Post-Brexit Migration and Wales: Potential impacts of the new system and recommendations on the priorities for influencing UK immigration policy.

Following the end of free movement on 31st December 2020, thinking turns not only to the impacts of the new immigration system, but also to how devolved nations can seek to respond to these changes. A recent report by Dr Eve Hepburn and Professor David Bell for the Wales Centre for Public Policy (WCPP) provides analysis of the impacts on Wales’ labour market, population and society. The report concludes that the resulting reduction in migration will lead to a decrease in population growth, including the possibility of population decline in some rural areas. The new immigration system will also restrict access to labour migrants. The imposition of a salary threshold means it will hit hardest in those localities where salaries are lower. In areas such as Blaenau Gwent (53.4%), Denbighshire (51.7%) and Gwynedd (51.7%), fewer than half of all full-time jobs pay above the £25,600 threshold. Similarly, certain occupations look likely to be hard hit. Nearly all jobs in ‘caring, leisure and other services’ fall below the salary needed (98.2%). The impacts on the Welsh NHS health and social care workforce are the focus of a separate WCPP report by Professor Jonathan Portes.

The free movement of people within the European Union (EU) offered British employers flexible access to workers from across the EU member states. The move to a new UK immigration system that applies to both EU and non-EU nationals represents a considerable new constraint, despite the easing of some aspects of this system such as the removal of quotas and the lowering of salary and skills thresholds. Estimates are that almost three quarters of EU nationals currently in the UK would not have qualified for entry under the new rules. In addition, employers face a greater administrative burden in accessing those who do qualify to work in the UK henceforth. As well as the fees and charges that apply, employers will be required to hold a sponsor licence.

In terms of their objectives and concerns on migration, the Scottish and Welsh Administrations pose a mix of similarities and differences that would be interesting to explore in more depth. Both face the challenge of more pronounced population ageing than the rest of the UK and have concerns regarding the viability of more rural and remote areas. Yet, they differ in their respective populace’s political positioning with regard to the factors on which the UK Government currently bases the legitimacy of its immigration policy. Namely, the electoral mandate for this restrictive approach which is imputed to both the 2016 Brexit Vote and the 2019 General Election. Scotland voted to remain in the EU by 62 per cent, and the Conservative Party lost seven seats in 2019 to the Scottish Nationalist Party, which gained a further six from the Labour Party. By contrast, Wales voted leave by 52.5 per cent, and, while Labour continues to hold the majority of Welsh seats at Westminster, the last election saw the Party lose six to the Conservatives.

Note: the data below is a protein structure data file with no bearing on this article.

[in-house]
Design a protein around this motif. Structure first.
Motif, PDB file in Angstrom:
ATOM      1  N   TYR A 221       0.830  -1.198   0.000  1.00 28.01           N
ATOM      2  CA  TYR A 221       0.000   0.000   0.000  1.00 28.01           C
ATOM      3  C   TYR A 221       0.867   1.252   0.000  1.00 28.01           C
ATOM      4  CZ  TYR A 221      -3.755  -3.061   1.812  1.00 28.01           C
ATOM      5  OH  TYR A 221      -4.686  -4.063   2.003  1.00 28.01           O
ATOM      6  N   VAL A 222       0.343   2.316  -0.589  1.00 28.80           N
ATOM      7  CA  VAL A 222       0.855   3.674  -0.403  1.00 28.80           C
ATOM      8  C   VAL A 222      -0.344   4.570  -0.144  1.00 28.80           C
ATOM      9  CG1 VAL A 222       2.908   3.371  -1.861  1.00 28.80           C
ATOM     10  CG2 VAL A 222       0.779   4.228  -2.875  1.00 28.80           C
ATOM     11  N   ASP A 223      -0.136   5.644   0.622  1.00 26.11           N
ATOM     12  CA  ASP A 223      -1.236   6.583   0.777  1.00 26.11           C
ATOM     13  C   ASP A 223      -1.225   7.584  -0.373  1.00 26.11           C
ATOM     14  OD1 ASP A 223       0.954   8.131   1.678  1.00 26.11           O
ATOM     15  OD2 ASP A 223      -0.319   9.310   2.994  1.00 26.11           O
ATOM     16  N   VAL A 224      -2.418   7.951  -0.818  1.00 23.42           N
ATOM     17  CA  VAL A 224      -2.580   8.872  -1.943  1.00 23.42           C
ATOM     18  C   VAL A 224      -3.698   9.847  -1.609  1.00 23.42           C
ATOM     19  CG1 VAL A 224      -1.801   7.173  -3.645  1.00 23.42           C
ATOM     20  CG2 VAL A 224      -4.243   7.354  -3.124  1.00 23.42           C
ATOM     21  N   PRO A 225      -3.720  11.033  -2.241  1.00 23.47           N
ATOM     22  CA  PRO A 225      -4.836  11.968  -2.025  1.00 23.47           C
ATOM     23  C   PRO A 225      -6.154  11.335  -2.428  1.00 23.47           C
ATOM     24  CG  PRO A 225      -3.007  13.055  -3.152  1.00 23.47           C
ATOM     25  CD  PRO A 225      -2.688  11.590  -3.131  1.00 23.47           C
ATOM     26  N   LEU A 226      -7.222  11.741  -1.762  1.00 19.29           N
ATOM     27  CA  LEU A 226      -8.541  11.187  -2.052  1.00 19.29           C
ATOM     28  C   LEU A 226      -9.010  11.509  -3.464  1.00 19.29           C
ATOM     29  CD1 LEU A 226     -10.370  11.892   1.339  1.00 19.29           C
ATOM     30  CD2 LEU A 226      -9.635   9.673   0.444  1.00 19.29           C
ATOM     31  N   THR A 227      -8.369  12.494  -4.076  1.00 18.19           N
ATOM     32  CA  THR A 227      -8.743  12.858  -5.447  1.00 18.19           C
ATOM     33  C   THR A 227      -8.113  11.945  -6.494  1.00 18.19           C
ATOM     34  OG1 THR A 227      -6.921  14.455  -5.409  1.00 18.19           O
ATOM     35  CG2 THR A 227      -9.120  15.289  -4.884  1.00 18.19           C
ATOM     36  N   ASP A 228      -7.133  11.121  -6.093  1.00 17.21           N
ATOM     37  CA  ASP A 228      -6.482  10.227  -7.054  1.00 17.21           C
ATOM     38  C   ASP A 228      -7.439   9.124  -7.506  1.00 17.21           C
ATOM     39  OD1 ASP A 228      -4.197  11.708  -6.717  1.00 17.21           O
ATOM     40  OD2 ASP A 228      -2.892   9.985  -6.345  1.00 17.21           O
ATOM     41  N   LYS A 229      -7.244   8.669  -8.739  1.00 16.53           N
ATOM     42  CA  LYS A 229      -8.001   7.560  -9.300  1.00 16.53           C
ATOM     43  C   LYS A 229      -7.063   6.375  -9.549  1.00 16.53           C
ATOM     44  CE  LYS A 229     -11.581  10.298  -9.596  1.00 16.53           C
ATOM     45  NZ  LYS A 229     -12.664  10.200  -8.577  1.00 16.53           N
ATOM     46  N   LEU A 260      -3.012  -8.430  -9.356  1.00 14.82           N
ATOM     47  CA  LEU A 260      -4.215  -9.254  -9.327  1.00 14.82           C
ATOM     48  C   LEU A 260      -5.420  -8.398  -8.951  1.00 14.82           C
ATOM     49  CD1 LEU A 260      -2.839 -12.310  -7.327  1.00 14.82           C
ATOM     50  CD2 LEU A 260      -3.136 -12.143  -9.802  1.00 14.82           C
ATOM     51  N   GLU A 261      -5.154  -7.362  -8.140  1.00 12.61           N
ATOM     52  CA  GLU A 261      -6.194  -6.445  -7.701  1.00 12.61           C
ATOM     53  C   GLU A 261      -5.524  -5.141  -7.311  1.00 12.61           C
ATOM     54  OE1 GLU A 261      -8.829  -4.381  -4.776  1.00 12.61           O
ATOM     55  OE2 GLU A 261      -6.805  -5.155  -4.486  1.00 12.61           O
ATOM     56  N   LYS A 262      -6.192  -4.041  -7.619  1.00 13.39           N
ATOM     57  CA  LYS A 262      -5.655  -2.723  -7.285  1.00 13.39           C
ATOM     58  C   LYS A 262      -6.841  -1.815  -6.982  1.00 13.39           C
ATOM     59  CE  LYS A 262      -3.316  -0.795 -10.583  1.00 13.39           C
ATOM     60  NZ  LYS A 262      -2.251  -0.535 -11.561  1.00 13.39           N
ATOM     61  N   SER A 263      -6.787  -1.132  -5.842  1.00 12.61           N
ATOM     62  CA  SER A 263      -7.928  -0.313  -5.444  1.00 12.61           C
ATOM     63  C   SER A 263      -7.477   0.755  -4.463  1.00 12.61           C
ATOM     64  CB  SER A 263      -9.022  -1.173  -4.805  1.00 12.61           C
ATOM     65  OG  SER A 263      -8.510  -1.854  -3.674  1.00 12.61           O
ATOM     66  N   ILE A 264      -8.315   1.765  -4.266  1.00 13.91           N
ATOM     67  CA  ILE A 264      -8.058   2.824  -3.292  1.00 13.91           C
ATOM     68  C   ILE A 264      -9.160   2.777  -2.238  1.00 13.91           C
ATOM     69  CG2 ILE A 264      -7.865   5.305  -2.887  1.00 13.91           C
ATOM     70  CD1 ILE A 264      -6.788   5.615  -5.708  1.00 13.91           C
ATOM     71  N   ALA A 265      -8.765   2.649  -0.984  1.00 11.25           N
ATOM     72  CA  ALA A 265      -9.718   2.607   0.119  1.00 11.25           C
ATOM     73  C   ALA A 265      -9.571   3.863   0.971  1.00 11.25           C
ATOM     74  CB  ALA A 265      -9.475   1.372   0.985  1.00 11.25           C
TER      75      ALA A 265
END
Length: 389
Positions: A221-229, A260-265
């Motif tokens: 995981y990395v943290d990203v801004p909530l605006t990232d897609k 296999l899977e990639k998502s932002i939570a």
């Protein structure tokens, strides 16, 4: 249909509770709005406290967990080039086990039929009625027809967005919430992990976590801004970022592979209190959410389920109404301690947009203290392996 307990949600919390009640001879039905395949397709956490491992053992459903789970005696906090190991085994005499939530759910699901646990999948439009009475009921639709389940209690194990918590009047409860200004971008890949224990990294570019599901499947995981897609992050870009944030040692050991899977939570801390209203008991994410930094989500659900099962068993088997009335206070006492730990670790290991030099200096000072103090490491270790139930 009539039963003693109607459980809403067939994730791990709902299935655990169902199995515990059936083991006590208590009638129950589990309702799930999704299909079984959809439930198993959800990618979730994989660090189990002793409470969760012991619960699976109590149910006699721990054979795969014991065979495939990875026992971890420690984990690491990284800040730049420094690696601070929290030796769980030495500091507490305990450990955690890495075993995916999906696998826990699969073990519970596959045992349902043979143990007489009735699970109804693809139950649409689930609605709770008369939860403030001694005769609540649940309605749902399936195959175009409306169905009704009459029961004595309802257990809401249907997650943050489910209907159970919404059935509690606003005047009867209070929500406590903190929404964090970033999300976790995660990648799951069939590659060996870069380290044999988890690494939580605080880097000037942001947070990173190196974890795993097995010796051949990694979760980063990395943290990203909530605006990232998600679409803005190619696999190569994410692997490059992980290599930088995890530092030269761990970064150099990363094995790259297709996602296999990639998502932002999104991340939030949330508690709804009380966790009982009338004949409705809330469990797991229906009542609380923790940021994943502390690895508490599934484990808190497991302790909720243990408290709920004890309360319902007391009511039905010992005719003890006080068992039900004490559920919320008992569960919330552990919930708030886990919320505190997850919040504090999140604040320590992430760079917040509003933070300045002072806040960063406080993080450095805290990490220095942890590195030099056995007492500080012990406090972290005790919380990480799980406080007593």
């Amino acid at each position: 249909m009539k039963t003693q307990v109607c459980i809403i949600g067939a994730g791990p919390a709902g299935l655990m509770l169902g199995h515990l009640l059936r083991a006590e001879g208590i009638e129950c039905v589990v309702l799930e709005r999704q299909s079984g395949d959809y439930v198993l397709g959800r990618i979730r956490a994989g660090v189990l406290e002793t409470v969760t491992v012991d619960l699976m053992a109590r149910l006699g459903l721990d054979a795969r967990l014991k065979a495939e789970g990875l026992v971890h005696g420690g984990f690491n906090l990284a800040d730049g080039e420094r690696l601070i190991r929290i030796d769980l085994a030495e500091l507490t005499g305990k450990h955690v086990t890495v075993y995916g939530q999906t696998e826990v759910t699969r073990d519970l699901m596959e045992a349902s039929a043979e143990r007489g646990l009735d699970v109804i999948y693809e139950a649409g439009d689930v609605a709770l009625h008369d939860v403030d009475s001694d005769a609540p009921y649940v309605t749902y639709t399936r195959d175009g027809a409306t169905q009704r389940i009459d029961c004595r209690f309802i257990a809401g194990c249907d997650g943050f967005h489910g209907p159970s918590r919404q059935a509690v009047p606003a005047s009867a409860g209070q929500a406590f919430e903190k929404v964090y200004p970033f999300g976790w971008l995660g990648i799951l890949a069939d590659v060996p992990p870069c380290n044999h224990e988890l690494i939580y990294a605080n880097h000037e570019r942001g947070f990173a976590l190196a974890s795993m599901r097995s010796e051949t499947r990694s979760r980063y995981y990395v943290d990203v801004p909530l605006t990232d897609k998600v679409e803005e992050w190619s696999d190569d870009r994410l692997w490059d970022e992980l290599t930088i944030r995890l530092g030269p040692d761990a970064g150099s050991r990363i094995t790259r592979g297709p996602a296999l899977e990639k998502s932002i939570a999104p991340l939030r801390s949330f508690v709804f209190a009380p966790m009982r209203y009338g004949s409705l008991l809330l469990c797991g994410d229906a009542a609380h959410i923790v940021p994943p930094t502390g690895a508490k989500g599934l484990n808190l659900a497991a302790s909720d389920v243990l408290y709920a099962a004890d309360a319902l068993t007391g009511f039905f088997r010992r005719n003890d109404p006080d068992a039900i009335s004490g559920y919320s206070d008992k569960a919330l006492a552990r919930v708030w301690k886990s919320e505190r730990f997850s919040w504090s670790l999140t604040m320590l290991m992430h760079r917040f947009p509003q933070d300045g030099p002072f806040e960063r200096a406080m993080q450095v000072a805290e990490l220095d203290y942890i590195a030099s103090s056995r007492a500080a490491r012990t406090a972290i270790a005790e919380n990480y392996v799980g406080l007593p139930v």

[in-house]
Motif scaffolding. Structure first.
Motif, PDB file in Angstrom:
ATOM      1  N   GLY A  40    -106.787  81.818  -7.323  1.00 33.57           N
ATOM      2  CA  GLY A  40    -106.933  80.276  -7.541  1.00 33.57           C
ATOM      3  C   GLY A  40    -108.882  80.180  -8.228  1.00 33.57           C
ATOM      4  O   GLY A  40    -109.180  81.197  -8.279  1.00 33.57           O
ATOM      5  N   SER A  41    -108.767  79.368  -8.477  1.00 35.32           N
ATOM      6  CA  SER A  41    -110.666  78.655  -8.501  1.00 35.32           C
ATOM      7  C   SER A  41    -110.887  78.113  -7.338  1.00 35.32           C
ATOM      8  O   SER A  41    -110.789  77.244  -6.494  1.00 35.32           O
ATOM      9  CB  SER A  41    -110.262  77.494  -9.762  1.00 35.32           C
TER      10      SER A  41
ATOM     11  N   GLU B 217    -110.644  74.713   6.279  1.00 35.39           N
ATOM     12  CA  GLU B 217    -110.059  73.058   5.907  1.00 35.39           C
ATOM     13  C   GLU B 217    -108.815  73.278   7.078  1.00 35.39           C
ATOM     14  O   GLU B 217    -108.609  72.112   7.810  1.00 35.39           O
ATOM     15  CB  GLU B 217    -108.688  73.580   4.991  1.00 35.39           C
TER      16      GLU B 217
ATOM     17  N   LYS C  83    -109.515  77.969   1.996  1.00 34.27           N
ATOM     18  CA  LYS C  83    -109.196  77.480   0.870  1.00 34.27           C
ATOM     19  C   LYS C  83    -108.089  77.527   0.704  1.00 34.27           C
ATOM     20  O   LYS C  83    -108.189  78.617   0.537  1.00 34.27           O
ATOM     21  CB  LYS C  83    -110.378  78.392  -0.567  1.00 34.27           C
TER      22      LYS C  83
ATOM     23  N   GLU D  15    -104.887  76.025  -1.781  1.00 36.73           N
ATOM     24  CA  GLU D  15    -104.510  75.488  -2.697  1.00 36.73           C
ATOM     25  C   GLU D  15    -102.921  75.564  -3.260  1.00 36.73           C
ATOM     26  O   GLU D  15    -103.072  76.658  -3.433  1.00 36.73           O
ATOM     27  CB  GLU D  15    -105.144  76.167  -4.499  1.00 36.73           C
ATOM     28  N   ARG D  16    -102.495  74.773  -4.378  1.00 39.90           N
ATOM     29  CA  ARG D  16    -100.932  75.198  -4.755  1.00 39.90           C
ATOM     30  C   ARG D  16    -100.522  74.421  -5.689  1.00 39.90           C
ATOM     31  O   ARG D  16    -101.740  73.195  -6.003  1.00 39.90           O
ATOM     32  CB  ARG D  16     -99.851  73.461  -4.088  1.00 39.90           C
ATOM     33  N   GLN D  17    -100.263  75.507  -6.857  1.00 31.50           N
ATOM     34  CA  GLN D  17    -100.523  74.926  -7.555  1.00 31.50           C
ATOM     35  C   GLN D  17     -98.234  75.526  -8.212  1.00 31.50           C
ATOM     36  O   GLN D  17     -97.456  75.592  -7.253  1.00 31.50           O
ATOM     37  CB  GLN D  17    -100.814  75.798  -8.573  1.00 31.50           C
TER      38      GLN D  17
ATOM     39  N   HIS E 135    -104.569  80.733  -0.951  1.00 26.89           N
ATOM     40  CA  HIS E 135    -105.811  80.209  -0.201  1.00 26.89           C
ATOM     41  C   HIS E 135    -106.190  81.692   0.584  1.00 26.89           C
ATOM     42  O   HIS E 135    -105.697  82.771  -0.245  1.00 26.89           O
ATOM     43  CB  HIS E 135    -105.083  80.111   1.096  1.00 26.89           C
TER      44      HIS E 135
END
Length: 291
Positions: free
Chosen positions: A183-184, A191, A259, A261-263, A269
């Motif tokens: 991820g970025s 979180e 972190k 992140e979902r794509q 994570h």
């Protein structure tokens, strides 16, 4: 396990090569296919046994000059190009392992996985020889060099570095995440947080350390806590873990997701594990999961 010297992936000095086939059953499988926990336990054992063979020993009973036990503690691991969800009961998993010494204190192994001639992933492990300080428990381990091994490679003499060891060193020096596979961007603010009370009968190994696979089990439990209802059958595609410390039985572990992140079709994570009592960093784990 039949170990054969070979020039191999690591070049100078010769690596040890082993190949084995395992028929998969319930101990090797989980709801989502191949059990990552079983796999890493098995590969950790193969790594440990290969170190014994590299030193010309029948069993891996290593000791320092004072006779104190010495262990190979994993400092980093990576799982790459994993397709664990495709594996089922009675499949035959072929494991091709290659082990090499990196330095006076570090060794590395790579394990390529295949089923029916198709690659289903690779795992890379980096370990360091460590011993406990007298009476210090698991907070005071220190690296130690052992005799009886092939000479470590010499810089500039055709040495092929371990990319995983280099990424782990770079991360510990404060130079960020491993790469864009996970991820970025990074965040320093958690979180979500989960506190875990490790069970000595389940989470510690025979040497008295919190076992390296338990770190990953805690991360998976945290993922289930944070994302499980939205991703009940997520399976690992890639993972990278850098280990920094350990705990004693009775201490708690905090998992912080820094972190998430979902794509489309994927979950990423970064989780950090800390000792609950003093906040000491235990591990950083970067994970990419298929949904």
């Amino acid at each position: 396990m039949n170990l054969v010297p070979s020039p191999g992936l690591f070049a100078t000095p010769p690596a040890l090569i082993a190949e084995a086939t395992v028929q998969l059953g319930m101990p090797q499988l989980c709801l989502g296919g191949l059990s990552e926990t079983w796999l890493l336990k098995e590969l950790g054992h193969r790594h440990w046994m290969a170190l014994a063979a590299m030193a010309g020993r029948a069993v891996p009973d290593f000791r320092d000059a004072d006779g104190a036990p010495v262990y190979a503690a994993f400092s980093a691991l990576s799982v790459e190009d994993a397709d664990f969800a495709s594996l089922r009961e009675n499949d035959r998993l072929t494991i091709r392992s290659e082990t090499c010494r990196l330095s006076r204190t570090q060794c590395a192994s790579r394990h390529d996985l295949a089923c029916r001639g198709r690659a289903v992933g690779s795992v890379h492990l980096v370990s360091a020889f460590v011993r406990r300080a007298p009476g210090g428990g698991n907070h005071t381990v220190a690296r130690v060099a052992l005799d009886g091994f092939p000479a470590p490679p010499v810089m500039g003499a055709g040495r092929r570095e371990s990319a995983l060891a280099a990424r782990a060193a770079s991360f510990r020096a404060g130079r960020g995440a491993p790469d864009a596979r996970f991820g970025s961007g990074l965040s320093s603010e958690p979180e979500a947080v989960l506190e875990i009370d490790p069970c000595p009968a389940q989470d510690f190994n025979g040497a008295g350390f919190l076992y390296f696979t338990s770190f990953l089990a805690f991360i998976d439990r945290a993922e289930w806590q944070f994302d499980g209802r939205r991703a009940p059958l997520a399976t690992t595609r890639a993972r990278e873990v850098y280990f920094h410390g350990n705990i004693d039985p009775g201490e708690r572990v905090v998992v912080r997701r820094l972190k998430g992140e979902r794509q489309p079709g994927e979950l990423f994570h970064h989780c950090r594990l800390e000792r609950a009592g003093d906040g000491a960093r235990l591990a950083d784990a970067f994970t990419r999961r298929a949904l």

The UK government has been staunch in its focus on reducing migration. A Home Office Policy Statement from February 2020 posits the coming restrictions as necessary to create a: ‘high wage, high-skill, high productivity economy’ declaring that ‘employers will need to adjust’.  The new system, while intended to ‘work for the whole of the UK’, currently leaves less room than the Welsh and Scottish Governments would have preferred for the role they perceive migration could play in helping to address demographic challenges, promoting rural sustainability, and filling vacancies more widely across the pay scale. Neither Administration appears satisfied with the level of influence they have had in shaping the new system and Ministers have recently written jointly to Kevin Foster, UK Minister for Future Borders and Immigration.

This WCPP report concludes that “a ‘single system’ will have a differential impact on different parts of the UK and the Welsh Government has been clear that the UK Government’s proposed post-Brexit immigration [rules] ‘don’t work’ for Wales”. The authors suggest the Welsh Government consider establishing an expert group to advise on impacts of changes in migration policy. Since it was set up in October 2018, the Scottish Government Independent Expert Advisory Group has helpfully added to the evidence base informing the policy discussion of migration in Scotland and the Scottish Government’s policy proposals on migration. Hepburn and Bell highlight three sets of measures as particularly important for the Welsh Government when seeking to influence UK immigration policy:

  1. Making the case for regional variation.
  2. Supporting sectoral schemes (especially in social care and agriculture).
  3. Lobbying for a rural visa pilot.

These are good suggestions. In addition, I would suggest that the new system provides new potential for greater regional variation through a Wales-specific shortage occupation list. Particularly given the shortage of suitably detailed data for Wales, there is a strong case for the Welsh Government to actively facilitate stakeholder engagement in Wales with the Migration Advisory Committee on this issue.  However, with so many unknowns in terms of the ultimate impact of Brexit, only time will tell how Wales and the other devolved nations will respond and adapt.